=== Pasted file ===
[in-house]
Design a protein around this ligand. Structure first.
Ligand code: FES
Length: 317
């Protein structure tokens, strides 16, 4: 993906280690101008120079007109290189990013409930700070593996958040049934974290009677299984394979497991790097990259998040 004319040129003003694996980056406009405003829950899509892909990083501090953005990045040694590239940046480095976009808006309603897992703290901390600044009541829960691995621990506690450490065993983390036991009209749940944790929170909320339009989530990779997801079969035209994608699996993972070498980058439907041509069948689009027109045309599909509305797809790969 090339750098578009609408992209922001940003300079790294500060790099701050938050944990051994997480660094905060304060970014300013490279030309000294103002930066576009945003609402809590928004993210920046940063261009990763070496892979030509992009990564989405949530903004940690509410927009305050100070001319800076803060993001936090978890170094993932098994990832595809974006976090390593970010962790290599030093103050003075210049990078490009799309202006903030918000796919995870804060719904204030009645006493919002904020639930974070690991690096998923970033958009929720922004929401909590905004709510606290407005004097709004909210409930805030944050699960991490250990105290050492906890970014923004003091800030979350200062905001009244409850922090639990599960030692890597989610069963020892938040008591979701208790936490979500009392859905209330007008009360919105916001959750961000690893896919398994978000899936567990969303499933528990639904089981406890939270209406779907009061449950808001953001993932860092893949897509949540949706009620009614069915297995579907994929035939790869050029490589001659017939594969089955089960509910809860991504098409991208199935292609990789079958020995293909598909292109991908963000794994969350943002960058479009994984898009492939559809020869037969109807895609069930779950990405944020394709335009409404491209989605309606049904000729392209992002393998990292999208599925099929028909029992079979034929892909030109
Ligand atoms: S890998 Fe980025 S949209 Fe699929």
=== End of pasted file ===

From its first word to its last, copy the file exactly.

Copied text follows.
[in-house]
Design a protein around this ligand. Structure first.
Ligand code: FES
Length: 317
């Protein structure tokens, strides 16, 4: 993906280690101008120079007109290189990013409930700070593996958040049934974290009677299984394979497991790097990259998040 004319040129003003694996980056406009405003829950899509892909990083501090953005990045040694590239940046480095976009808006309603897992703290901390600044009541829960691995621990506690450490065993983390036991009209749940944790929170909320339009989530990779997801079969035209994608699996993972070498980058439907041509069948689009027109045309599909509305797809790969 090339750098578009609408992209922001940003300079790294500060790099701050938050944990051994997480660094905060304060970014300013490279030309000294103002930066576009945003609402809590928004993210920046940063261009990763070496892979030509992009990564989405949530903004940690509410927009305050100070001319800076803060993001936090978890170094993932098994990832595809974006976090390593970010962790290599030093103050003075210049990078490009799309202006903030918000796919995870804060719904204030009645006493919002904020639930974070690991690096998923970033958009929720922004929401909590905004709510606290407005004097709004909210409930805030944050699960991490250990105290050492906890970014923004003091800030979350200062905001009244409850922090639990599960030692890597989610069963020892938040008591979701208790936490979500009392859905209330007008009360919105916001959750961000690893896919398994978000899936567990969303499933528990639904089981406890939270209406779907009061449950808001953001993932860092893949897509949540949706009620009614069915297995579907994929035939790869050029490589001659017939594969089955089960509910809860991504098409991208199935292609990789079958020995293909598909292109991908963000794994969350943002960058479009994984898009492939559809020869037969109807895609069930779950990405944020394709335009409404491209989605309606049904000729392209992002393998990292999208599925099929028909029992079979034929892909030109
Ligand atoms: S890998 Fe980025 S949209 Fe699929």